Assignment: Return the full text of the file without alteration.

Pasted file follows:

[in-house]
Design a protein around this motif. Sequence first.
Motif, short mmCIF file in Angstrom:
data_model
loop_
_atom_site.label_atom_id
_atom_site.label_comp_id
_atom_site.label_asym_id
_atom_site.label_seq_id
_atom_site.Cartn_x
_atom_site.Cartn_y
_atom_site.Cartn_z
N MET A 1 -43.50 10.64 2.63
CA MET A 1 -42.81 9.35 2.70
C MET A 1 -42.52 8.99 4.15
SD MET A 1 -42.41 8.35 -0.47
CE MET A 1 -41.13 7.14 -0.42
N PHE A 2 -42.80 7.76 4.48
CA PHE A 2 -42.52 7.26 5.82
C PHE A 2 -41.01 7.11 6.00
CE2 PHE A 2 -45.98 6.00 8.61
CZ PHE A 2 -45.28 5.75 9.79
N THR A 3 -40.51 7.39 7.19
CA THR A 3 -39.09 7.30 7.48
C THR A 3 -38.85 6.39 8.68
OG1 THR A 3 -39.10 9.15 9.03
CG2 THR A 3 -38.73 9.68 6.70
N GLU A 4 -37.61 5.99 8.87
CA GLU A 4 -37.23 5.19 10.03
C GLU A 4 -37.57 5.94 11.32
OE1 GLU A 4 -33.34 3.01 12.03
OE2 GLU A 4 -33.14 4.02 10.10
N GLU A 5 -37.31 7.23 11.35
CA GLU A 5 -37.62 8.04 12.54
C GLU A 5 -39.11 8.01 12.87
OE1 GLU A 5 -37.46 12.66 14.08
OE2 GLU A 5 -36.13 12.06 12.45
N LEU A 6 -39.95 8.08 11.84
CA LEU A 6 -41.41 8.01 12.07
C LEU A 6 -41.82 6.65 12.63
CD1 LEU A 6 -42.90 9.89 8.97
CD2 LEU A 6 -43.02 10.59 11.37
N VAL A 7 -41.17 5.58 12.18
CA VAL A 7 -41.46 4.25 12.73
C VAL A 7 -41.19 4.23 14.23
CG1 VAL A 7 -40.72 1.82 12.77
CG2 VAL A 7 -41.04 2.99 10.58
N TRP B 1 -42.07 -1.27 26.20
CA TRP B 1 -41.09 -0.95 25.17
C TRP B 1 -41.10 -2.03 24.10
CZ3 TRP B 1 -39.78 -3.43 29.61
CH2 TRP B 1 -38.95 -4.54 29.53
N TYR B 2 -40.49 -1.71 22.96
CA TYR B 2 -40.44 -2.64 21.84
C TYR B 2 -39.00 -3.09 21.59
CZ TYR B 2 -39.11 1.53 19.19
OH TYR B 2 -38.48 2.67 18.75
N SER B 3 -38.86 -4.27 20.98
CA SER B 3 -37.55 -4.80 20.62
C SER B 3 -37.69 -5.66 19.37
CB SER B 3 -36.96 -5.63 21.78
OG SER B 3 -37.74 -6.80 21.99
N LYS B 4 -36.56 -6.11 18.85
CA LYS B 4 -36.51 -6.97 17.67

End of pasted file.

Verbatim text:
[in-house]
Design a protein around this motif. Sequence first.
Motif, short mmCIF file in Angstrom:
data_model
loop_
_atom_site.label_atom_id
_atom_site.label_comp_id
_atom_site.label_asym_id
_atom_site.label_seq_id
_atom_site.Cartn_x
_atom_site.Cartn_y
_atom_site.Cartn_z
N MET A 1 -43.50 10.64 2.63
CA MET A 1 -42.81 9.35 2.70
C MET A 1 -42.52 8.99 4.15
SD MET A 1 -42.41 8.35 -0.47
CE MET A 1 -41.13 7.14 -0.42
N PHE A 2 -42.80 7.76 4.48
CA PHE A 2 -42.52 7.26 5.82
C PHE A 2 -41.01 7.11 6.00
CE2 PHE A 2 -45.98 6.00 8.61
CZ PHE A 2 -45.28 5.75 9.79
N THR A 3 -40.51 7.39 7.19
CA THR A 3 -39.09 7.30 7.48
C THR A 3 -38.85 6.39 8.68
OG1 THR A 3 -39.10 9.15 9.03
CG2 THR A 3 -38.73 9.68 6.70
N GLU A 4 -37.61 5.99 8.87
CA GLU A 4 -37.23 5.19 10.03
C GLU A 4 -37.57 5.94 11.32
OE1 GLU A 4 -33.34 3.01 12.03
OE2 GLU A 4 -33.14 4.02 10.10
N GLU A 5 -37.31 7.23 11.35
CA GLU A 5 -37.62 8.04 12.54
C GLU A 5 -39.11 8.01 12.87
OE1 GLU A 5 -37.46 12.66 14.08
OE2 GLU A 5 -36.13 12.06 12.45
N LEU A 6 -39.95 8.08 11.84
CA LEU A 6 -41.41 8.01 12.07
C LEU A 6 -41.82 6.65 12.63
CD1 LEU A 6 -42.90 9.89 8.97
CD2 LEU A 6 -43.02 10.59 11.37
N VAL A 7 -41.17 5.58 12.18
CA VAL A 7 -41.46 4.25 12.73
C VAL A 7 -41.19 4.23 14.23
CG1 VAL A 7 -40.72 1.82 12.77
CG2 VAL A 7 -41.04 2.99 10.58
N TRP B 1 -42.07 -1.27 26.20
CA TRP B 1 -41.09 -0.95 25.17
C TRP B 1 -41.10 -2.03 24.10
CZ3 TRP B 1 -39.78 -3.43 29.61
CH2 TRP B 1 -38.95 -4.54 29.53
N TYR B 2 -40.49 -1.71 22.96
CA TYR B 2 -40.44 -2.64 21.84
C TYR B 2 -39.00 -3.09 21.59
CZ TYR B 2 -39.11 1.53 19.19
OH TYR B 2 -38.48 2.67 18.75
N SER B 3 -38.86 -4.27 20.98
CA SER B 3 -37.55 -4.80 20.62
C SER B 3 -37.69 -5.66 19.37
CB SER B 3 -36.96 -5.63 21.78
OG SER B 3 -37.74 -6.80 21.99
N LYS B 4 -36.56 -6.11 18.85
CA LYS B 4 -36.51 -6.97 17.67